Labor Secretary Raymond J. Donovan said yesterday that he has no intention of resigning from President Reagan's Cabinet and denounced what he called "the relentless and cowardly attacks" that have been made on him and his New Jersey construction company.
Breaking a six-month silence about a stream of allegations linking him and his firm to organized-crime figures, Donovan said he expected the investigation of special prosecutor Leon Silverman to be completed "in just a few days" and he seemed confident that Silverman's report would vindicate him.
But meanwhile, Donovan protested, he has been victimized by a "presumption of guilt" that he said was particularly disturbing.
"Quite obviously," he said in a statement that he read to reporters at the Labor Department, "some of our elected officials are not content to allow facts to be determined in an orderly manner. They seem more interested in a wonderland school of justice that stands for judgment now, trial later."
The secretary did not name the "elected officials" he had in mind, but Senate Democrats last week publicly urged President Reagan to ask Donovan to "step aside" until all the allegations against him have been satisfactorily resolved.
The Democratic stand came on the heels of a disclosure that the incoming Reagan White House had been informed by the FBI on Jan. 12, 1981, the first day of Donovan's Senate confirmation hearings, that Donovan had "close personal and business ties with known La Cosa Nostra figures."
The Senate Labor Committee voted for his confirmation after a stormy set of hearings, but its leading members have since expressed concern over a number of allegations and reports of informants and organized-crime-case witnesses that the FBI did not bring to the senators' attention at the time.
Donovan said he hoped Silverman's report would be made public by the special panel of federal judges to whom it will be submitted under the Ethics in Government Act. Then, he said, "we may all examine in detail not only who has made charges, but their credibility, their motivations and the source of their knowledge."
Once the report is issued, Donovan added, "I shall have a great deal more to say about the many and vicious attacks that have been made upon me, my company and its employes." His company is the Schiavone Construction Co. of Secaucus, N.J.
Senate Labor Committee Chairman Orrin G. Hatch (R-Utah) has pledged a formal inquiry into the role of the FBI and the incoming Reagan White House in checking out Donovan's background, and said he is awaiting Silverman's report before undertaking that investigation. Donovan said he would be happy to testify if hearings are held, but added that he would also voice his concern "over the cavalier manner in which raw and unsubstantiated data has been leaked in total disregard for the rights of American citizens."
"When I came to Washington, 18 months ago," he continued, "I was quickly made aware of the old bromide that 'politics ain't beanbag.' I would, however, be less than honest--and human--if I did not state publicly my disgust with the relentless and cowardly attacks that have been made on me and my company by an alliance of individuals who have a total disregard for the truth."
Just back from a week-long work-vacation trip to Europe, Donovan said he and Schiavone Construction "have cooperated completely" in Silverman's investigation and that the special prosecutor has "had unrestricted access to company records as well as the private records of my associates and my family."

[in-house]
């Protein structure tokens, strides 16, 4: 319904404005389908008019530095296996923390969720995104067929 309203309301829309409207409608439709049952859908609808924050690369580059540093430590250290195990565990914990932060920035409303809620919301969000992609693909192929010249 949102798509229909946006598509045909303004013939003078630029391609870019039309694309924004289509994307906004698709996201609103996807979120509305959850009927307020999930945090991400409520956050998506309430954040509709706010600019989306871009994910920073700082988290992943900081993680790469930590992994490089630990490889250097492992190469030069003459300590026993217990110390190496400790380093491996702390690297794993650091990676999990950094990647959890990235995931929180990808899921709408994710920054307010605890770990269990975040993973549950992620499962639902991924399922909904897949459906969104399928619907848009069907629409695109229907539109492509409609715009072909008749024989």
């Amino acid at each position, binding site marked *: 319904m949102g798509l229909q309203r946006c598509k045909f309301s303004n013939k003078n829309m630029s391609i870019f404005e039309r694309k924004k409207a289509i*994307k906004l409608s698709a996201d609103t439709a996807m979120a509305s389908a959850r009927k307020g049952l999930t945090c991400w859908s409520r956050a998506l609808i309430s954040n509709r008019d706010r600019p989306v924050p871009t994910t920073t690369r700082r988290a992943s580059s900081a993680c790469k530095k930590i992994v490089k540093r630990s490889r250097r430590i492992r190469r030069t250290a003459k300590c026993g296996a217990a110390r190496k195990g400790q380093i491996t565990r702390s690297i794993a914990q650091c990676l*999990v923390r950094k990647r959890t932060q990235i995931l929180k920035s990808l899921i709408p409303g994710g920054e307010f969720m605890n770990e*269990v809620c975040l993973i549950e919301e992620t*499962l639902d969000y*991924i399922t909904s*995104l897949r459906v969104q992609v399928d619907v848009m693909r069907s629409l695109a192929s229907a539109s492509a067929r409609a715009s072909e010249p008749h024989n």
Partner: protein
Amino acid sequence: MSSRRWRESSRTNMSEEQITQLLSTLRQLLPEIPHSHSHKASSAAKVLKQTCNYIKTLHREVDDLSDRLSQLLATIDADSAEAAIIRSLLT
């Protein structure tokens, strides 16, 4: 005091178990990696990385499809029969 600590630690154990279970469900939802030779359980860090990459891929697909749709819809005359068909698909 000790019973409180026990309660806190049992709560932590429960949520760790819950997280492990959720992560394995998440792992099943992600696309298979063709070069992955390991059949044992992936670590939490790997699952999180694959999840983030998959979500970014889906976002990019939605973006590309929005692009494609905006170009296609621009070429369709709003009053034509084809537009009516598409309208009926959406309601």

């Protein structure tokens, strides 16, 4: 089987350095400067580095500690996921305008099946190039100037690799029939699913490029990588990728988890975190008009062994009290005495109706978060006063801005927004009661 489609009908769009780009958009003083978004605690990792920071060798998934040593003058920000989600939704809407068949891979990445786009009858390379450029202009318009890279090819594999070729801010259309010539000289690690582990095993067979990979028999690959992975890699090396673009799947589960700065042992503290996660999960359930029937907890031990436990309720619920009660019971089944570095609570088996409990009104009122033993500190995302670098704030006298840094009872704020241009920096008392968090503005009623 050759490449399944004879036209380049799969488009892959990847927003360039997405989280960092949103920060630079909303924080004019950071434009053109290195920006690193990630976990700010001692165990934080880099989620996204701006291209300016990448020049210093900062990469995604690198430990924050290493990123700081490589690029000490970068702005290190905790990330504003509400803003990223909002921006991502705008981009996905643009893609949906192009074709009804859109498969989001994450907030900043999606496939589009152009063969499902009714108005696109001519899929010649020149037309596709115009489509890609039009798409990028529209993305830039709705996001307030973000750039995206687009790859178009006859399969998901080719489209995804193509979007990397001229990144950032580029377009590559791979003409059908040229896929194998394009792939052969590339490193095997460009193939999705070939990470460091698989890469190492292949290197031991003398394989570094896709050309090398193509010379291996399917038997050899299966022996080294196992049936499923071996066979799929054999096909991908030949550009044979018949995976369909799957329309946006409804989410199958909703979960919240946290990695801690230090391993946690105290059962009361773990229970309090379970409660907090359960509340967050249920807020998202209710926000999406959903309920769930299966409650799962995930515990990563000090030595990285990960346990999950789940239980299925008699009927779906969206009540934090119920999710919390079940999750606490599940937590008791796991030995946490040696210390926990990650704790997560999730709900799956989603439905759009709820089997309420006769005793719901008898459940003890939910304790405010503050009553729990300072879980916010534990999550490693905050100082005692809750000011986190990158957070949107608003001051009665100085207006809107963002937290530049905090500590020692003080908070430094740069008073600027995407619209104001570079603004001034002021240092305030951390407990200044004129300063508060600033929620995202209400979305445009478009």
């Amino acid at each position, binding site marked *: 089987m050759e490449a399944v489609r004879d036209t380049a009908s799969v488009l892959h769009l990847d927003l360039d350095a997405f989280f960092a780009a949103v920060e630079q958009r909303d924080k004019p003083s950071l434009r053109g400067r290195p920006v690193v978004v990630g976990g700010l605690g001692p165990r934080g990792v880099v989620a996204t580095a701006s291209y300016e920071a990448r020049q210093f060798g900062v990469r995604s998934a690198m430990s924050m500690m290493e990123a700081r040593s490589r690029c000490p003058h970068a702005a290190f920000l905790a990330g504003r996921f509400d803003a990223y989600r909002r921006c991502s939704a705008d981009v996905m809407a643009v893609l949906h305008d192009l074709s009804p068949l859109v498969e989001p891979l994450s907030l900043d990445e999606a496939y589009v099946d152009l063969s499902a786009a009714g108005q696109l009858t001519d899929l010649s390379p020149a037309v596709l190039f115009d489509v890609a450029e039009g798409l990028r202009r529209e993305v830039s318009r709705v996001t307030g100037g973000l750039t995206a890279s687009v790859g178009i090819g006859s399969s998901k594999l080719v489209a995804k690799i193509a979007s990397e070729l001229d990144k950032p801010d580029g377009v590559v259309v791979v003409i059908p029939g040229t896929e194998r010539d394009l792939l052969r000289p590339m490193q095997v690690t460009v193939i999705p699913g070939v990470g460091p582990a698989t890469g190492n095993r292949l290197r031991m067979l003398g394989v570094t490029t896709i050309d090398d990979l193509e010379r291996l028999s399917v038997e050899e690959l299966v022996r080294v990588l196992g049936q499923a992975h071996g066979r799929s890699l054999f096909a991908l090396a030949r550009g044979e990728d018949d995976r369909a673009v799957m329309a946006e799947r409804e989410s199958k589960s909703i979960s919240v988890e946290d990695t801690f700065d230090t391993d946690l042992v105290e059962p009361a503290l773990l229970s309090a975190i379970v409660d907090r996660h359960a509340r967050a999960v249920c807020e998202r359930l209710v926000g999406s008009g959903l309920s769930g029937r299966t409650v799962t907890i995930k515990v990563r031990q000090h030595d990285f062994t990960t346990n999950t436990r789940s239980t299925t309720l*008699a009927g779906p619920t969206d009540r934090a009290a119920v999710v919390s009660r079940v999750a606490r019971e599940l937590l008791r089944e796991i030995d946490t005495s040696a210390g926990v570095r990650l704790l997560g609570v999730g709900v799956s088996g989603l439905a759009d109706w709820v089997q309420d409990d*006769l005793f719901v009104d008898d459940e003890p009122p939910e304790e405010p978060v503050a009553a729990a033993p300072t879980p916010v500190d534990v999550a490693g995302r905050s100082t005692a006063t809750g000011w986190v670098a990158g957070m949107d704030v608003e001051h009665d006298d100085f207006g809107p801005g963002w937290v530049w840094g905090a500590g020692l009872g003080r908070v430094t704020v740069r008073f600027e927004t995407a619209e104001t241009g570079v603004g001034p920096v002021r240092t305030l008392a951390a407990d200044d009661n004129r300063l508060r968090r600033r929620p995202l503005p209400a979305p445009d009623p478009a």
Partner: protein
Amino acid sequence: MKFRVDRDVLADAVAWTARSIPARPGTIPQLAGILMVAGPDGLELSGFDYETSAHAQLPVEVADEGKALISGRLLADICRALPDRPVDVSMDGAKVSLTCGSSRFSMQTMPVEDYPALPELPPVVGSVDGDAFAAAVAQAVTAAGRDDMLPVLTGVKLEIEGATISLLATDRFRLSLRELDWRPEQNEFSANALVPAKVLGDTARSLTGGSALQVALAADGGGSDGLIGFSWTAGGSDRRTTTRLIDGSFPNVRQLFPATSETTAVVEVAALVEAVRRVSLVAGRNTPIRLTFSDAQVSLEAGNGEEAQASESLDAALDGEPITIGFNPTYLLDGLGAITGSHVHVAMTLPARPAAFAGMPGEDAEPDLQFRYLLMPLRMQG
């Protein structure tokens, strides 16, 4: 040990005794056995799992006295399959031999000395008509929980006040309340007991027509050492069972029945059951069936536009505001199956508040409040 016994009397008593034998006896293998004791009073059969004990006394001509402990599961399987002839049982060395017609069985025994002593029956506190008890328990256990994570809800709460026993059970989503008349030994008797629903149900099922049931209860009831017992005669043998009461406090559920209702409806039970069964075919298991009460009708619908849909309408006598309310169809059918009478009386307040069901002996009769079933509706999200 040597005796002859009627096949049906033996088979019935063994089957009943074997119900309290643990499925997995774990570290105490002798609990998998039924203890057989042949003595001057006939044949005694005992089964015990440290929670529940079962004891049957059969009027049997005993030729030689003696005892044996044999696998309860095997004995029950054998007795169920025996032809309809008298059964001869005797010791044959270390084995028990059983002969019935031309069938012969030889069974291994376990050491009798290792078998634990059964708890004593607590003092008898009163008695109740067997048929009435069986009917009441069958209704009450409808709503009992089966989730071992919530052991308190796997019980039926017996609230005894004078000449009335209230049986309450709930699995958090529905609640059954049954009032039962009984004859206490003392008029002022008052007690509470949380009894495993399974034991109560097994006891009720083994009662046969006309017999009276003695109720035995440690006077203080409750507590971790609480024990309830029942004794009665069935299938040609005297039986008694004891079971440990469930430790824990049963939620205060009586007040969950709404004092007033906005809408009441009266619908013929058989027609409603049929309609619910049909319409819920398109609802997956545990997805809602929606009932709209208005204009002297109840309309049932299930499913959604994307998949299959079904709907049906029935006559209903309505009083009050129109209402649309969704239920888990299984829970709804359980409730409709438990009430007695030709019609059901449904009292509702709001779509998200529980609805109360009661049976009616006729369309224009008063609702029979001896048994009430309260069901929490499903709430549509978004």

Donovan also noted that he pledged six months ago that he "would not comment" on the matters under investigation by Silverman and although "it has been extremely difficult . . . I have kept that pledge."
In concluding his statement, Donovan emphasized that "I have every intention of serving as secretary of labor and completing the job I was asked to do." The delivery was a slight departure from his prepared text, which said that he would stay "so long as I can be of service to President Reagan."
At the White House, deputy press secretary Larry Speakes brushed aside reports that some of Reagan's principal advisers think Donovan ought to step aside. He also dismissed reports that a list of potential successors has been drawn up as "bunk. There is no list."
In the Senate, by contrast, Minority Leader Robert C. Byrd (D-W.Va.) renewed his call for Donovan to step aside and expressed his concern about a report in yesterday's Washington Post. The report dealt with an allegation that an FBI informant last year provided the bureau with an assertion that Schiavone was "mobbed up" through one of Donovan's associates--but that was omitted from the documents provided to the Senate Labor Committee.
"If these articles are accurate," Byrd said in a Senate speech, "then the Senate as an institution, and the country, have been done a terrible disservice. To put it most succinctly, the Senate has been obstructed in the proper discharge of its constitutional responsibilities . . . to 'consent' to the appointment of 'officers of the United States' such as Mr. Donovan."
Declaring that his concern "goes far beyond the Donovan case," Byrd said he would offer legislation to "ensure that all relevant information bearing upon a nominee's fitness and qualifications for high government office is obtained and transmitted to the Senate prior to confirmation. Additional steps might also be necessary to affix clearly the responsibility and accountability of particular executive officers of our government to ensure that such information is not withheld."
A spokesman for Senate Majority Leader Howard H. Baker Jr. (R-Tenn.) said Baker was also concerned about "the prerogatives of the Senate as they relate to" the Donovan case and was trying to arrange a meeting with senior administration officials so that Baker and Byrd could "explore the situation."